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Grain & hop additions to basic 1.7 Kg extract kits

Discussion in 'General Brewing Techniques' started by peterlonz, 14/9/18.

 

  1. peterlonz

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    Posted 14/9/18
    I have been gradually improving what had been rather average beer, by making some additions.
    I understand the principles (I think) but when I come to actually brew I end up with many questions.
    Some examples:
    Recent recipe for an Aussie Pale Ale called up a total of 100 g of 3 different hops, 40 g of which was to be added at as dry hops at the 3/4 day mark.
    I had purchased fresh hops in 50 g sealed packs.
    First question: the 30 min total; rolling boil ,for 10 minute interval additions of hops seemed to give a very bitter extraction. Is this somewhat normal?
    Second question: The hops gradually half filled my hop "sock". I continued to gently stir doing my best to keep the boil "gentle". I was fearful That moving the sock around might effectively squeeze out more than it should.
    And finally at end of boil I was unsure how much "rinsing" (is this sparging also) I should do. Seemed logical to rinse with hot tap water until what was left tasted only slightly of hops.
    Third question: Should I have dumped the hop sock into the wort ( I didn't do that despite the instructions to do that on all Morgans 12 g hop packs.
    Oh I nearly forgot - the recipe called for the boil to be 60 mins total (hops only for 30 mins) & the extract from the grains was supposed to be in the boil. I don't like boiling malt extract or grain extract without a very good reason, so I did not do a boil after steeping & sparging the grain.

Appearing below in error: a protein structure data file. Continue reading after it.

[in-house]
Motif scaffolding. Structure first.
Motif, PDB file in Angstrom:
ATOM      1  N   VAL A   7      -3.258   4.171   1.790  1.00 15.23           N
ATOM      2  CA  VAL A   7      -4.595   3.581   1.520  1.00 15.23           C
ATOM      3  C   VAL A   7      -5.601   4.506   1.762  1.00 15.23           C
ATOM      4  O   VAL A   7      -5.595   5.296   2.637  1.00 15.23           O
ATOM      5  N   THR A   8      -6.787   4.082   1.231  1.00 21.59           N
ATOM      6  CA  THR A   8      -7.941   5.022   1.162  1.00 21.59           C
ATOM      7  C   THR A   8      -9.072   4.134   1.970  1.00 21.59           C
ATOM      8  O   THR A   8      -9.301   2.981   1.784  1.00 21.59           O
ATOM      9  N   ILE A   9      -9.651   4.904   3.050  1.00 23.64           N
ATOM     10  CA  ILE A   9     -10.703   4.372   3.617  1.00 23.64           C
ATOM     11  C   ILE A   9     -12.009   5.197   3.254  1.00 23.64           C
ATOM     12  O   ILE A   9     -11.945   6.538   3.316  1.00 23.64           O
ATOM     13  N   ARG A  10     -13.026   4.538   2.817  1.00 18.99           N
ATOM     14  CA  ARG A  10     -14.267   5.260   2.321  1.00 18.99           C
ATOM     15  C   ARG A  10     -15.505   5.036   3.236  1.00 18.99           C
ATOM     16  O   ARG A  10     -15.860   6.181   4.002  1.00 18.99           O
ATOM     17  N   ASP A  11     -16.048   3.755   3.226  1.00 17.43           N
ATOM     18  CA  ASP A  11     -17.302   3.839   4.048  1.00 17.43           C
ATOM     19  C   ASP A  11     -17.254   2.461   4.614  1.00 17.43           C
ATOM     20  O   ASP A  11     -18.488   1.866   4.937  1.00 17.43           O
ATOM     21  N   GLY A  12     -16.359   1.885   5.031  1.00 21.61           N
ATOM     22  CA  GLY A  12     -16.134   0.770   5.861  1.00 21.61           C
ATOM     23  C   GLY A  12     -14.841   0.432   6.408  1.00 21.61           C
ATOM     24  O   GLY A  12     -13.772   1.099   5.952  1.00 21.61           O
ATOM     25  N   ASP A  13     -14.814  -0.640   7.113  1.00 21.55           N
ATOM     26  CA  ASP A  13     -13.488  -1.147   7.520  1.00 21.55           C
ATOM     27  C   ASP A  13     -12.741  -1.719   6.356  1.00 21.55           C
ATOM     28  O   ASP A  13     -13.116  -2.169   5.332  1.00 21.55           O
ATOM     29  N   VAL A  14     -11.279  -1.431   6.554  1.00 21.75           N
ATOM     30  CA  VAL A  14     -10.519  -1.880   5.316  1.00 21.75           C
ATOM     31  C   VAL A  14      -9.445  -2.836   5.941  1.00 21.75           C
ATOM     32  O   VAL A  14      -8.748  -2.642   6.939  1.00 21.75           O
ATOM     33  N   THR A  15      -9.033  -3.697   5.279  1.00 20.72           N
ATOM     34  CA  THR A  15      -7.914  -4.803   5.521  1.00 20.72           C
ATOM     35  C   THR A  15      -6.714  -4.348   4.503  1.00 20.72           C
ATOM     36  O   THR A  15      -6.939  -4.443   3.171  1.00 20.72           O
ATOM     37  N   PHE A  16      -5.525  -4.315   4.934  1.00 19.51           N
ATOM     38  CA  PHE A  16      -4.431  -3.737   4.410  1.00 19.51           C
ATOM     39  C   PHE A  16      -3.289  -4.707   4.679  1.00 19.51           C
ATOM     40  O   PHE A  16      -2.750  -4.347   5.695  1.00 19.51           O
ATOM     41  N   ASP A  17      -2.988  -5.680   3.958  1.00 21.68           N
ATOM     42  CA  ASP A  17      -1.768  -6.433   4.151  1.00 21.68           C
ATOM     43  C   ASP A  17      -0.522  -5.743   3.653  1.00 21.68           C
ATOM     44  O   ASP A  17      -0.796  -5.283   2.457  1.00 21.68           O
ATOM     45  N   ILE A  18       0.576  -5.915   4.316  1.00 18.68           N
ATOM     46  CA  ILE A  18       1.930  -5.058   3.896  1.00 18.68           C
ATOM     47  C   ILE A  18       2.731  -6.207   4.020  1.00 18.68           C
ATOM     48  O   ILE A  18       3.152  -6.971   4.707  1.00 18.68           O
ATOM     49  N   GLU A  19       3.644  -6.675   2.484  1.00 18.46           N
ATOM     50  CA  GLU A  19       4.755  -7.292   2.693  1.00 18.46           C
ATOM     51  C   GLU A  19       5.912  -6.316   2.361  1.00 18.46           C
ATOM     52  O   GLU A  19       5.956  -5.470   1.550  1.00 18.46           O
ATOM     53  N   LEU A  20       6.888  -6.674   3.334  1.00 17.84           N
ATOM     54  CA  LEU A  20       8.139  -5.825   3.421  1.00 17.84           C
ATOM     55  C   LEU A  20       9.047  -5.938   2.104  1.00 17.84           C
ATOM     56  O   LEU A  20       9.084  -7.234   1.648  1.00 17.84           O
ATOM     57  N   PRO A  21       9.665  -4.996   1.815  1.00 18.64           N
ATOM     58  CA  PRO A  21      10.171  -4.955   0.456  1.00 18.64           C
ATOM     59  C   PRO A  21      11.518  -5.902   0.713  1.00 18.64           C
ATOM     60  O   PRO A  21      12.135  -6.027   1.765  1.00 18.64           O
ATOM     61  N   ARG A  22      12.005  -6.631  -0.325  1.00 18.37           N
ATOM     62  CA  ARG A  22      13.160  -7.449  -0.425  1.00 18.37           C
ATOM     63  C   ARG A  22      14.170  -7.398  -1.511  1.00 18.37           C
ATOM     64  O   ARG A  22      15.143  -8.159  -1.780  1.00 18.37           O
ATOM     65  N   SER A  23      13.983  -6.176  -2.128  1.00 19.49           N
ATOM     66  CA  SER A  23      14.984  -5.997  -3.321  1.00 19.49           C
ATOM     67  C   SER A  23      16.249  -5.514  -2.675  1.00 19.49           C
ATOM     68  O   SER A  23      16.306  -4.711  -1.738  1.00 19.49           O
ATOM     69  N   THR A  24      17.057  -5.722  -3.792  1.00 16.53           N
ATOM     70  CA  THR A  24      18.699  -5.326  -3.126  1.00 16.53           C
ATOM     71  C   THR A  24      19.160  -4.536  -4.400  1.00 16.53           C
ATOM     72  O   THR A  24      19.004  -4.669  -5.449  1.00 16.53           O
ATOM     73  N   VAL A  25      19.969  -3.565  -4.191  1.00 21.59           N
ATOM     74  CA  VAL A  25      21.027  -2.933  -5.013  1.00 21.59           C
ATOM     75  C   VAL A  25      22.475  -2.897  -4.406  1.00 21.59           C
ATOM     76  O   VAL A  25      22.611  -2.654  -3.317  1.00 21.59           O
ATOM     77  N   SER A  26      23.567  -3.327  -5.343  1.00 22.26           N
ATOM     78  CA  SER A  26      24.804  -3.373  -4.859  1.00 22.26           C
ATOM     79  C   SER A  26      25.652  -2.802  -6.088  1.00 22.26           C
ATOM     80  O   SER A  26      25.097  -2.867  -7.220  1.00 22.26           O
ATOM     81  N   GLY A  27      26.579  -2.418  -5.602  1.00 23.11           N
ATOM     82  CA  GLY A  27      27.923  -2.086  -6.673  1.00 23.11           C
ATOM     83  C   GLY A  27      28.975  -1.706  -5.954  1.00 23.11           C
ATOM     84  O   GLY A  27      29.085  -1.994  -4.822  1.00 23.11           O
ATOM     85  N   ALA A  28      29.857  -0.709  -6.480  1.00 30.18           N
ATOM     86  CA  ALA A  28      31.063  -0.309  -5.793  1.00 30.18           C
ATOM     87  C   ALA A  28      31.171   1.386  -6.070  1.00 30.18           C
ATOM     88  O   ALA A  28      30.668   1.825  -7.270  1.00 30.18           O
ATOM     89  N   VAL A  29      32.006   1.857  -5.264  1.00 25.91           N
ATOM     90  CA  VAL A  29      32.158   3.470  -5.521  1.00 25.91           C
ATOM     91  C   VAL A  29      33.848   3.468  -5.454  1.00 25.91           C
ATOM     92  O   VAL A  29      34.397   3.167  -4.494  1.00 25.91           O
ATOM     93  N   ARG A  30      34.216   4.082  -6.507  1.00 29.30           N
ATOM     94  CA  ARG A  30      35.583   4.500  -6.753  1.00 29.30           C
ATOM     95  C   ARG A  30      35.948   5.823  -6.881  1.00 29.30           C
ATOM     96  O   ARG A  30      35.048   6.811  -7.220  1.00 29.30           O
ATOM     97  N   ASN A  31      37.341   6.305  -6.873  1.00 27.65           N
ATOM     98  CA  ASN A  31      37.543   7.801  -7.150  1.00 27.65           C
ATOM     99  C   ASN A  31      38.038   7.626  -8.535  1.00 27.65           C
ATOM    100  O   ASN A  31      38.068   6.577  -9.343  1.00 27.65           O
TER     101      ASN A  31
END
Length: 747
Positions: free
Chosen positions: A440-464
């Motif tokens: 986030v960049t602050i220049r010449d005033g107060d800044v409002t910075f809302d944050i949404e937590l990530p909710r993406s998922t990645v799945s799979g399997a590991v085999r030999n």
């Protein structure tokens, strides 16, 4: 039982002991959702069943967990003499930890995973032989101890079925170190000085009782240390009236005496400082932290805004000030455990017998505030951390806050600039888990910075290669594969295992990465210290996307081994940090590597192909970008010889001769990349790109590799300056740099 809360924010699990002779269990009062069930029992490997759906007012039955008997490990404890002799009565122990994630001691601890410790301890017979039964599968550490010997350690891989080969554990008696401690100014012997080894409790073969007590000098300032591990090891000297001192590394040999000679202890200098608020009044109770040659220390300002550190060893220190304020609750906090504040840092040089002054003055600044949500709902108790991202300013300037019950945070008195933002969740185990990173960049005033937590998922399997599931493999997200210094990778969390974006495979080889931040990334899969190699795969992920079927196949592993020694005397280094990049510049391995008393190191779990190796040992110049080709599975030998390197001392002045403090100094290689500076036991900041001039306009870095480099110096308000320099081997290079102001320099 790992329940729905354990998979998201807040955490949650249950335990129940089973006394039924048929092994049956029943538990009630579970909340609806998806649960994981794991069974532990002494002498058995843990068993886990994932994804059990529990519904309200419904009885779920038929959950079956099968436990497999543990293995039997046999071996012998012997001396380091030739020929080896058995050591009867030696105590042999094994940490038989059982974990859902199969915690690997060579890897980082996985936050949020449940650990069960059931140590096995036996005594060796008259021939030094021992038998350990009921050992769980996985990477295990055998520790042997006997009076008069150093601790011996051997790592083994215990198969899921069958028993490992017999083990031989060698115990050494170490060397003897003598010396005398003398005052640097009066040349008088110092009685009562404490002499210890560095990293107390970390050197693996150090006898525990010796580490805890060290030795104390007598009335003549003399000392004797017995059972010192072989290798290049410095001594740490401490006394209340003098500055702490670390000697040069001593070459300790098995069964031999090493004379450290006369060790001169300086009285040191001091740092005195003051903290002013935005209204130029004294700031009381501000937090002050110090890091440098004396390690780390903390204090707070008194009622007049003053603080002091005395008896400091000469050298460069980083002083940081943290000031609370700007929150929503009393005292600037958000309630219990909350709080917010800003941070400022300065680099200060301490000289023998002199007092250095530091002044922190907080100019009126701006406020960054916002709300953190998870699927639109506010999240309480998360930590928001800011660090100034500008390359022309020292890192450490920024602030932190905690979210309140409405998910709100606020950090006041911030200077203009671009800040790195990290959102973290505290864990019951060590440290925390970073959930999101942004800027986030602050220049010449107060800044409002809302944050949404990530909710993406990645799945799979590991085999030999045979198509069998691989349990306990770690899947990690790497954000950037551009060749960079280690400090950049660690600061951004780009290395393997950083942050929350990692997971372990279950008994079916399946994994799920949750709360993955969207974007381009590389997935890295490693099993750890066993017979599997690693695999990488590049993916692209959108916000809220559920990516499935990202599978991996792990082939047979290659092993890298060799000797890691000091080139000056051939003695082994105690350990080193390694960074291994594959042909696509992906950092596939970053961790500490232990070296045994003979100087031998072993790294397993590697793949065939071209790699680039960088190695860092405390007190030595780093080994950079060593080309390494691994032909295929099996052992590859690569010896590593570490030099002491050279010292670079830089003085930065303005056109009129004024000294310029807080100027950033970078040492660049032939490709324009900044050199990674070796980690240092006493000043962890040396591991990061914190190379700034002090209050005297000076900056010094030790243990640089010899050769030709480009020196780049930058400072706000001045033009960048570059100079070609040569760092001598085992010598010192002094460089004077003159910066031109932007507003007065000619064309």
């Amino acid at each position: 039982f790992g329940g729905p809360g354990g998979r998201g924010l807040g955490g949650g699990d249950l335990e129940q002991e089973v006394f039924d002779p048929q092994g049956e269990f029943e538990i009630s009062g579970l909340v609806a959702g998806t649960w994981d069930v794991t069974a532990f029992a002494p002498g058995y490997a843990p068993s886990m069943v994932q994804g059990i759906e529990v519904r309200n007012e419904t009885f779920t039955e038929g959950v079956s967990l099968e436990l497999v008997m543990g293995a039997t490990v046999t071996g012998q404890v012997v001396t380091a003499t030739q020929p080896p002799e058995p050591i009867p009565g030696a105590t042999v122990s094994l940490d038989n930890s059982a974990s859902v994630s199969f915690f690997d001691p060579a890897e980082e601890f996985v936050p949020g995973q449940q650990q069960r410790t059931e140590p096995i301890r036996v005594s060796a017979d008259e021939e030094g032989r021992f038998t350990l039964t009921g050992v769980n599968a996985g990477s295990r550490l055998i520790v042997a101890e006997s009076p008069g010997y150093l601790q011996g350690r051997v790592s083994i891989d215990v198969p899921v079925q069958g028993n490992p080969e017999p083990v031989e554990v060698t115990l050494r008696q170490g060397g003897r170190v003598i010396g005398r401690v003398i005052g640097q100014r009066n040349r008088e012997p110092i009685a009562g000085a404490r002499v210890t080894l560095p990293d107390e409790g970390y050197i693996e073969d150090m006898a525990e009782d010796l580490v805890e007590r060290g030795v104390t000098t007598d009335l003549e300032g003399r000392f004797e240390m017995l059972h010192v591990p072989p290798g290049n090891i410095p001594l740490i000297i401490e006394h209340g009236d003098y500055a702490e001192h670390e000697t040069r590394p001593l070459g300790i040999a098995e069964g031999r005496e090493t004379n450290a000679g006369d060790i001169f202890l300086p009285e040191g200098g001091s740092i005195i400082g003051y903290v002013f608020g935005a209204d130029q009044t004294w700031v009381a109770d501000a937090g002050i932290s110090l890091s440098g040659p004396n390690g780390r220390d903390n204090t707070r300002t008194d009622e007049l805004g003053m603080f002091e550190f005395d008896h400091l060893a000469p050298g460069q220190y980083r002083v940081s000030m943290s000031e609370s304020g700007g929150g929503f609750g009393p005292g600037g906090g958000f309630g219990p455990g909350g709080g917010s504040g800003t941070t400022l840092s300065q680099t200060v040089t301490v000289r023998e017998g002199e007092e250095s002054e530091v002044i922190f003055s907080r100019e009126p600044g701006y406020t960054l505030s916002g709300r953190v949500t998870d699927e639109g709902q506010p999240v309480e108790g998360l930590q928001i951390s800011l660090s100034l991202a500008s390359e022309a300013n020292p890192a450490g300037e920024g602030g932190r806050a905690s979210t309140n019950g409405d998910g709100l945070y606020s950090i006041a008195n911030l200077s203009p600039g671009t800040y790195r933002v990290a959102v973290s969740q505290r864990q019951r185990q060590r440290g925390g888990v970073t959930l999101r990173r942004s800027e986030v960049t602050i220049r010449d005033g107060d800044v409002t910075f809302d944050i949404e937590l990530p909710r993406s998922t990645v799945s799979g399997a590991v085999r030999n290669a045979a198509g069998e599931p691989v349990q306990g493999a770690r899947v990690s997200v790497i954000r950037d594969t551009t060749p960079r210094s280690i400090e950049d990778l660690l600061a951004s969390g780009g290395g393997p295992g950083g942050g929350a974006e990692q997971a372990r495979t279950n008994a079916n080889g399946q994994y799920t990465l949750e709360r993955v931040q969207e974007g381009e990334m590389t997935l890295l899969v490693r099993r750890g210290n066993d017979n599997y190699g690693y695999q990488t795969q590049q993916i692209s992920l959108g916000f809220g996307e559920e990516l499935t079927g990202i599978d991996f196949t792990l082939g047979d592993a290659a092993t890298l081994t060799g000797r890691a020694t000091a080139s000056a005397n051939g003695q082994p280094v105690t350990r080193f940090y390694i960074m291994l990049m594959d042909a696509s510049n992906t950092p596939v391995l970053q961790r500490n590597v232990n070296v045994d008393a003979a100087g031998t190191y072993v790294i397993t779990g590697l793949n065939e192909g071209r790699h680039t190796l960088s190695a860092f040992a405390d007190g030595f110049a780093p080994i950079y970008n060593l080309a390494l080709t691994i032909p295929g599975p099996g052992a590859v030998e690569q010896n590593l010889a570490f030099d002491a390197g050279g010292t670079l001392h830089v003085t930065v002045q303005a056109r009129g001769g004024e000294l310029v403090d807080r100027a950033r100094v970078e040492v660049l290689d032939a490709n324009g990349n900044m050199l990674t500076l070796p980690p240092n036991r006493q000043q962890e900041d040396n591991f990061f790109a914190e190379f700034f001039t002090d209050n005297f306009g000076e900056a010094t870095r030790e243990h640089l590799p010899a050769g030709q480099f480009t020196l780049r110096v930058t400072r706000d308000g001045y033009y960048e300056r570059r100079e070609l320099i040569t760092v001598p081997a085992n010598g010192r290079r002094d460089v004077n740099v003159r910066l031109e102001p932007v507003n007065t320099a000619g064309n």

Question: what purpose would boiling the sparged grain extract possibly serv?
    I am sure mostly these are dumb questions but some more guidance is clearly needed.
    Thanks
     
  2. altone

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    Posted 14/9/18
    Err you say at the end of boil you rinsed then you say you didn't??

    I think you need to revisit your recipe and tell us what you actually did.
    You using extract and specialty grain or all grain?

    If all grain - boil for 60 or whatever suggested minutes.
    If extract - similar as long as the recipe says so.
    The 30 minute hop addition is from the end of boiling so do that after 30mins
    the 20 minute same - so do after 40 mins etc etc.
    If you're doing this the hops should be fine.
    Hops are bitter - maybe a little too much for you at this stage?
    First question I think is covered above.
    Second question - keep that boil a bit more than gentle and stir/wiggle that hopsock around to extract as much as you can.
    Sparging is probably best done around 75C - too hot and you'll get an astringent/bitter taste - but is done BEFORE the boil
    Third question - Nope the hops have done their job.

    Find and follow a recipe to the tee and have a search here - you'll soon get the hang of it.

    Get yourself some brewing software like Beersmith (free trial period) or one of the free ones.

    Check out some brewing videos to see the process.

    Anyway hope I've helped a bit.

    Cheers


    edit: sorry I now see you are doing kit's and bits but yes boil the kit etc. as above
     
  3. DU99

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    Posted 14/9/18
  4. altone

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    Posted 14/9/18
    Wow that thing looks like it works in OpenOffice
    Never looked at it before because it's an Excel spreadsheet
     
  5. Bonenose

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    Posted 14/9/18
    Lot of involved here if you want to get right into it, but some basics (happy to be corrected on anything here):

    In short boiling gets rid of various undesirable elements and sterilises the wort it is a good thing.

    Sparging is rinsing your grain after mashing, as above 75 degrees is hot enough to extract extra sugars from the grain but cool enough to avoid extracting tannins etc.